New life for an historic building and its residents
Works are well underway in Station Street Fairfield, on 38 modern self-contained affordable apartments for women. Unison is refurbishing a double-storey Victorian heritage building and developing a new four storey apartment building to replace the former 22-bedroom rooming house which had been built around shared living spaces, kitchens and bathrooms.
Unison has supported all the tenants to relocate to other properties during the construction process, and they will have the first option to move back once the building is finished.
Steeped in history, the Station Street property has an interesting story to tell. For over 100 years it has been used for women’s housing.
The main heritage building was built in 1893 and was home to the confectioner, MacPherson “Mac” Robertson, inventor of the Freddo Frog and Cherry Ripe, and well-known philanthropist.
It then became a home for young pregnant and unmarried women in 1922, then a women’s refuge in 1973, and it was acquired by the Ministry of Housing in the early 80’s and operated as a women’s rooming house. It was named “Marjorie Oke” after the Fairfield resident and activist who also became a member of the committee of management. By 2014 it was owned and operated by Unison.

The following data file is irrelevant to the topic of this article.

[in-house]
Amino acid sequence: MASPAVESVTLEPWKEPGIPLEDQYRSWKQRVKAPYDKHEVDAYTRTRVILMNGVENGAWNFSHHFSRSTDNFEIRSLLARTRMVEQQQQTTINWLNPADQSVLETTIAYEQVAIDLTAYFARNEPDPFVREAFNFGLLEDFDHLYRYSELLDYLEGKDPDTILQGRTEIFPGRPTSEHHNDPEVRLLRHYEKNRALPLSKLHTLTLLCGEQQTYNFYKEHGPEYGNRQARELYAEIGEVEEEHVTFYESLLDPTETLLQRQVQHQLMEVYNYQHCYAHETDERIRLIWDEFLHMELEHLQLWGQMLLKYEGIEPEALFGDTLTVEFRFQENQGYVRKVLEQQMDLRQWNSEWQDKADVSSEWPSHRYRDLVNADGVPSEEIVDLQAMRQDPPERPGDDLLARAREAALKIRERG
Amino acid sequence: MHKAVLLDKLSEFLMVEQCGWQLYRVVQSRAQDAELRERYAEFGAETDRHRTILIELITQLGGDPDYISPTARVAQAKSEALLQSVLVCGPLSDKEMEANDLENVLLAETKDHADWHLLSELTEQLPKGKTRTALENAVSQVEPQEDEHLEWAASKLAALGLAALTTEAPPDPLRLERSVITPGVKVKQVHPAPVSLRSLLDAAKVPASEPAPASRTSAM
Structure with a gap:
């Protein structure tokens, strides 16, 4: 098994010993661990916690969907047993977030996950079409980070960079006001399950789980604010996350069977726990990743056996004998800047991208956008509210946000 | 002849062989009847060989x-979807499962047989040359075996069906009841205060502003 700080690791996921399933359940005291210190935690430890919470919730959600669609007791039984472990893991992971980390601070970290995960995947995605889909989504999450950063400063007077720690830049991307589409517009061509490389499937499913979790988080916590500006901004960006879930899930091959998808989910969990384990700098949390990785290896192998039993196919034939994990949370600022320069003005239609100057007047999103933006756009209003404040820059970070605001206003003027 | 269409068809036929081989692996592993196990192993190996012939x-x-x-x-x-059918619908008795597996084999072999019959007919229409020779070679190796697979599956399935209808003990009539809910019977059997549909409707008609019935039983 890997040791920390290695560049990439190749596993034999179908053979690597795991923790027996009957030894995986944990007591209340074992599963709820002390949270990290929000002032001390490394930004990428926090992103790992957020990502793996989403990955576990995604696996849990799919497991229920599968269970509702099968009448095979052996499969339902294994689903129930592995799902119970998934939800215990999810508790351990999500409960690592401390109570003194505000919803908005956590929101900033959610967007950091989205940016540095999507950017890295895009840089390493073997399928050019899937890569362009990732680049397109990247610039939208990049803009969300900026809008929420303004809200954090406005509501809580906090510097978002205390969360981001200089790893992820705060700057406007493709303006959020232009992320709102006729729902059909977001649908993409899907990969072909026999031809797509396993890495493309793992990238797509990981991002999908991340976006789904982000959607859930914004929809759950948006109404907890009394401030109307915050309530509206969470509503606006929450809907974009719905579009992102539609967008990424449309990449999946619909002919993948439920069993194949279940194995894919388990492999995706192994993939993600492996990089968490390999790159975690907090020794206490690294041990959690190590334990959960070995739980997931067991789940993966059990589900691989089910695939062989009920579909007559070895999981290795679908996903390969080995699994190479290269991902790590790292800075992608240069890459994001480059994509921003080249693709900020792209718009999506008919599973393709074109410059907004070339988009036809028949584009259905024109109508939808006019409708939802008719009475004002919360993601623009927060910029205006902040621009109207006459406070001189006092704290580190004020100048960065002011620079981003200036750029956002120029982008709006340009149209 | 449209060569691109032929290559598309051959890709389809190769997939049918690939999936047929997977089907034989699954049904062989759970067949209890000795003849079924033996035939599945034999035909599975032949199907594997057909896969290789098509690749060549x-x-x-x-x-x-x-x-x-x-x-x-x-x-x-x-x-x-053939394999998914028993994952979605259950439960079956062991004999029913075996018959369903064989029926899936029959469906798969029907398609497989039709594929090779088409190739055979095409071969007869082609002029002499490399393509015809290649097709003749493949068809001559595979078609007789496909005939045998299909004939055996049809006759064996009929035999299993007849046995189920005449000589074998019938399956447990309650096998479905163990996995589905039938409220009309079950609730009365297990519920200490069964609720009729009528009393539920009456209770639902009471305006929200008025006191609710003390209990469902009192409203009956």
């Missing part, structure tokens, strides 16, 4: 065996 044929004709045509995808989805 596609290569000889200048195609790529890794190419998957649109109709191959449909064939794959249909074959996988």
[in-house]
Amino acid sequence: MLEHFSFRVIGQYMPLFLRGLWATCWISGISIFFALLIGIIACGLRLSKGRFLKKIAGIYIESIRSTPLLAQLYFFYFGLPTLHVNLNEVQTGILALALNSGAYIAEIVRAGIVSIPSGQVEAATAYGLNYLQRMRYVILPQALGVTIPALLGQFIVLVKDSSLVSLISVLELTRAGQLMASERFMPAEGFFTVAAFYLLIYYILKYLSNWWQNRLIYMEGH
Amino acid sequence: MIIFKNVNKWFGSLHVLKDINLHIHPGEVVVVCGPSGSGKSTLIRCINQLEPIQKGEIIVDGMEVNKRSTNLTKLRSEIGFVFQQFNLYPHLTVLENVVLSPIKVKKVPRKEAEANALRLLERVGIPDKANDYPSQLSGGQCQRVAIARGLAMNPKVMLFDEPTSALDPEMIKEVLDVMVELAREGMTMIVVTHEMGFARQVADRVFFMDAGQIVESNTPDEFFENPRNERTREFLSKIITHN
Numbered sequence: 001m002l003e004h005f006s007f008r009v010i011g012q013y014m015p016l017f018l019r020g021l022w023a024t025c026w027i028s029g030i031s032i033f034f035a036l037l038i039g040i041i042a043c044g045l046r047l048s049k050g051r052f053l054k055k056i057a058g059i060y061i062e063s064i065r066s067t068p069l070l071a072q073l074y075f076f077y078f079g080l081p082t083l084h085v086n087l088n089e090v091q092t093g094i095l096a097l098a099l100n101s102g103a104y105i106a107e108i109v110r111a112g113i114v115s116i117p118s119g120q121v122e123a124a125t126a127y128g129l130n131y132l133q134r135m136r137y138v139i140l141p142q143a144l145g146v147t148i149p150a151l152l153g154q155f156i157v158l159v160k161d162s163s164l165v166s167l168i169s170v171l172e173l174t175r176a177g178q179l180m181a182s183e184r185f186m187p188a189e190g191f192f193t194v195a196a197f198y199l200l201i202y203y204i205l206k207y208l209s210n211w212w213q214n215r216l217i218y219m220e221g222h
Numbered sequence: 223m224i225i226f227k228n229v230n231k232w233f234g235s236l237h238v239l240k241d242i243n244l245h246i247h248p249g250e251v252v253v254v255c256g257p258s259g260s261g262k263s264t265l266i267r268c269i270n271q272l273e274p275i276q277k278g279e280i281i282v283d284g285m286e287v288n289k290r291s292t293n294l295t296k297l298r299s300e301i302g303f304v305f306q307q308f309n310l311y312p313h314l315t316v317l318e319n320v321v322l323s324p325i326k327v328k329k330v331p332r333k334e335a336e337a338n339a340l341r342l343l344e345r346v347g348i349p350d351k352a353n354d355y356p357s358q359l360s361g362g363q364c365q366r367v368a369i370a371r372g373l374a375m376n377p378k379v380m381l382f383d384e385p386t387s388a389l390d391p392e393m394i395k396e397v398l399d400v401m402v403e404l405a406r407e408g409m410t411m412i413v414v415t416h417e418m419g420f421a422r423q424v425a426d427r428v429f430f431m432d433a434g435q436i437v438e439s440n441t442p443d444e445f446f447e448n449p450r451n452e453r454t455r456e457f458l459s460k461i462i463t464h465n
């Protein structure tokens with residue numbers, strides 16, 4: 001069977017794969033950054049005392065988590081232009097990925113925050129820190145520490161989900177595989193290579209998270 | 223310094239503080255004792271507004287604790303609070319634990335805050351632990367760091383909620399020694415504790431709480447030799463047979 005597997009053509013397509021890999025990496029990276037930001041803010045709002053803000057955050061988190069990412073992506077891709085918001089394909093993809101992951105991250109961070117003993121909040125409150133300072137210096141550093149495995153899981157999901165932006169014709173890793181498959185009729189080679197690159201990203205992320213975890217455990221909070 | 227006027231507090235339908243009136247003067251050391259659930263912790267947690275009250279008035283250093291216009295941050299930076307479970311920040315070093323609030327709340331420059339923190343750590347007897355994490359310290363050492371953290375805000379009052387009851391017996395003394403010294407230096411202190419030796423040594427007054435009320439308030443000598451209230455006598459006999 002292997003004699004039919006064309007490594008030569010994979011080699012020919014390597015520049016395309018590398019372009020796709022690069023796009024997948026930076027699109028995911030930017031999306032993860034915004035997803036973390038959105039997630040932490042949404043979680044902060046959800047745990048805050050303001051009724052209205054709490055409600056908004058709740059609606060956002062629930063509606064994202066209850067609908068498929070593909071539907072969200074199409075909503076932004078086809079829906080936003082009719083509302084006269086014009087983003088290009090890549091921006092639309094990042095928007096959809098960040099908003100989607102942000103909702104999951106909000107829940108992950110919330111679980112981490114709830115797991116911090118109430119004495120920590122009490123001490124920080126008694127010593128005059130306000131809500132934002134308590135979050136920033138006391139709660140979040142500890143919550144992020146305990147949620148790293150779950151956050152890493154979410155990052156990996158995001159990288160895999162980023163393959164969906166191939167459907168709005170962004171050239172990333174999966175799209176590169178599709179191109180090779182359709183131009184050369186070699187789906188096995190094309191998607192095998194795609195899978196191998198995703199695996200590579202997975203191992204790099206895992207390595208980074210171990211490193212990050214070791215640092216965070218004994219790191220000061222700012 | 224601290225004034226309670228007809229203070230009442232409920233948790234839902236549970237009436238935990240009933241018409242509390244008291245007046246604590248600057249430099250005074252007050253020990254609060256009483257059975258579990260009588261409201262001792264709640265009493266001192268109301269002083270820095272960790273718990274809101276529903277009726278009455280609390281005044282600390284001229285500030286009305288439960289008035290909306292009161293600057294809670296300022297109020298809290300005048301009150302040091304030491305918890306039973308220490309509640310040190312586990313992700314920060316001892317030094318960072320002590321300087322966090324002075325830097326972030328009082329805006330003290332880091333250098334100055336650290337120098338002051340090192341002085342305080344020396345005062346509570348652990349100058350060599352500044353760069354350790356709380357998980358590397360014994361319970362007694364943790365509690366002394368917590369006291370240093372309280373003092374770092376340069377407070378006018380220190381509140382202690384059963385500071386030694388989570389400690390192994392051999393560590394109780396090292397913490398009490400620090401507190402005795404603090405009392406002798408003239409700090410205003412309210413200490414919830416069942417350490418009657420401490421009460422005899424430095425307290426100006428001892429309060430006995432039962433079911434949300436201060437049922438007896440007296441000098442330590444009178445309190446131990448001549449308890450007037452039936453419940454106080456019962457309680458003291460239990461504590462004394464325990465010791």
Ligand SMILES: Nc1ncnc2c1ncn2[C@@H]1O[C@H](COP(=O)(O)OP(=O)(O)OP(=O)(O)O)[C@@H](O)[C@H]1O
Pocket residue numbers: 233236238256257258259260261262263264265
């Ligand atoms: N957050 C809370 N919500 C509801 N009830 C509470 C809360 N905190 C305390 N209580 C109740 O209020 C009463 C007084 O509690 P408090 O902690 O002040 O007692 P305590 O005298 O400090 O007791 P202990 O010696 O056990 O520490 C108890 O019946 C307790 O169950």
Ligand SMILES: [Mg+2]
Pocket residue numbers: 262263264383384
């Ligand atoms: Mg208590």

Dr Sarah Taylor, Post Doctoral Research Fellow from the Unison Housing Research Lab, has been researching the history of the Fairfield property.
“Houses are made, they’re unmade and they’re made again,” explained Dr Taylor. “There’s a long history of making houses for marginalised people and it is an informative approach to look at who ran them, who owned them and how they configured them.”
Dr Taylor’s research uncovered the very interesting different configurations of the building over the years, for example:
When owned by the wealthy McPherson Robertson the property was very open and conspicuous.
1922 – 1973
The Maternity Home was secretive and hidden behind a hedge and gate. The unmarried mothers stayed in dormitories.
1973 – 1987
Women’s refuge, Georgina House, had internal partitions (an attempt at privacy for women and their children), and a high fence for security.
1990 – 2019
The social housing rooming house for women had a low picket fence, and private bedrooms but shared facilities.
Paying respect to the building’s heritage and architecture has been an important factor of Unison’s refurbishment.
Unison’s Acting CEO James King explains, “Preserving history and the architectural intent of the main building has always been an important factor of this redevelopment. We are investing time and money in ensuring the character of the building is maintained.”
Unison believes every person should have a quality, affordable accommodation and belong to a thriving community. Our evidence shows that living in a rooming house doesn’t provide suitable outcomes for people and we are replacing these outmoded properties with high quality, well designed self-contained units.
The project is supported by the Victorian Government, with a funding contribution provided from the Victorian Property Fund on the approval of the Minister for Consumer Affairs; and by the Department of Health and Human Services.
This is a special project. Unison is very proud to be breathing new life into an historic building whilst providing modern apartments that will transform the lives of vulnerable women.